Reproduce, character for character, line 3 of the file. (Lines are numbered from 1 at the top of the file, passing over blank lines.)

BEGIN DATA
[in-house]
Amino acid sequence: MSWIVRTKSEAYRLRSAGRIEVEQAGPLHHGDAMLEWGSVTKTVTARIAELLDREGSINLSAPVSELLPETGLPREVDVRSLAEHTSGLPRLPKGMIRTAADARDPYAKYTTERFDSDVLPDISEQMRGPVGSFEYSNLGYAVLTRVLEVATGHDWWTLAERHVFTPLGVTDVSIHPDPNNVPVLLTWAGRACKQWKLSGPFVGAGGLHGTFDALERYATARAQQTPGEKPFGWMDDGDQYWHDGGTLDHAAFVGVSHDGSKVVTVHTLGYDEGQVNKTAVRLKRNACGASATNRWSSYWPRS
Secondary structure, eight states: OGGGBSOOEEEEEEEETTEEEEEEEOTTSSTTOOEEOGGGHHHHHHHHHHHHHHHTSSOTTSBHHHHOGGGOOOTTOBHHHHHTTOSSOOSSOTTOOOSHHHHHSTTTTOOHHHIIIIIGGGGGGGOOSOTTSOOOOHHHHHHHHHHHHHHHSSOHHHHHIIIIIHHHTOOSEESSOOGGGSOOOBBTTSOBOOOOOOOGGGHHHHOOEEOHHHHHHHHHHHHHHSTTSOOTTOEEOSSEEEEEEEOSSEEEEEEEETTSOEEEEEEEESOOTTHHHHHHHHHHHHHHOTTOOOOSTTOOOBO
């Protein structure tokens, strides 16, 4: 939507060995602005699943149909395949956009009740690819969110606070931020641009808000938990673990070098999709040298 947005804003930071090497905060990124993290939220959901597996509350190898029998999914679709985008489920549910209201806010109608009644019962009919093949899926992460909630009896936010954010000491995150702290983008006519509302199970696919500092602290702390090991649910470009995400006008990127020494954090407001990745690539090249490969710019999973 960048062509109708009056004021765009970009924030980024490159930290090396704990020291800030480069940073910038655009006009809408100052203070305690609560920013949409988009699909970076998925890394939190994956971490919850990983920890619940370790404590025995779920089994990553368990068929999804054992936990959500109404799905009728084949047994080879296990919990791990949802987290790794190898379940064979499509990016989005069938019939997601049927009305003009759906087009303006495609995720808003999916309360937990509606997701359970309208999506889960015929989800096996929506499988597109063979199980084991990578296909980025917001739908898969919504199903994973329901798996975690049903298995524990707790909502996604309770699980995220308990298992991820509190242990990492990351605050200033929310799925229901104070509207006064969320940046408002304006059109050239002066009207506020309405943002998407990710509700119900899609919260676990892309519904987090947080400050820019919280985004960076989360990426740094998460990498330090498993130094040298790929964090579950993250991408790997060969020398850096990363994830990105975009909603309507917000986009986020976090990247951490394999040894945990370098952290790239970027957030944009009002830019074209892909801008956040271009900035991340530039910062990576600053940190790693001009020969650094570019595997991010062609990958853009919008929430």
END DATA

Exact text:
Secondary structure, eight states: OGGGBSOOEEEEEEEETTEEEEEEEOTTSSTTOOEEOGGGHHHHHHHHHHHHHHHTSSOTTSBHHHHOGGGOOOTTOBHHHHHTTOSSOOSSOTTOOOSHHHHHSTTTTOOHHHIIIIIGGGGGGGOOSOTTSOOOOHHHHHHHHHHHHHHHSSOHHHHHIIIIIHHHTOOSEESSOOGGGSOOOBBTTSOBOOOOOOOGGGHHHHOOEEOHHHHHHHHHHHHHHSTTSOOTTOEEOSSEEEEEEEOSSEEEEEEEETTSOEEEEEEEESOOTTHHHHHHHHHHHHHHOTTOOOOSTTOOOBO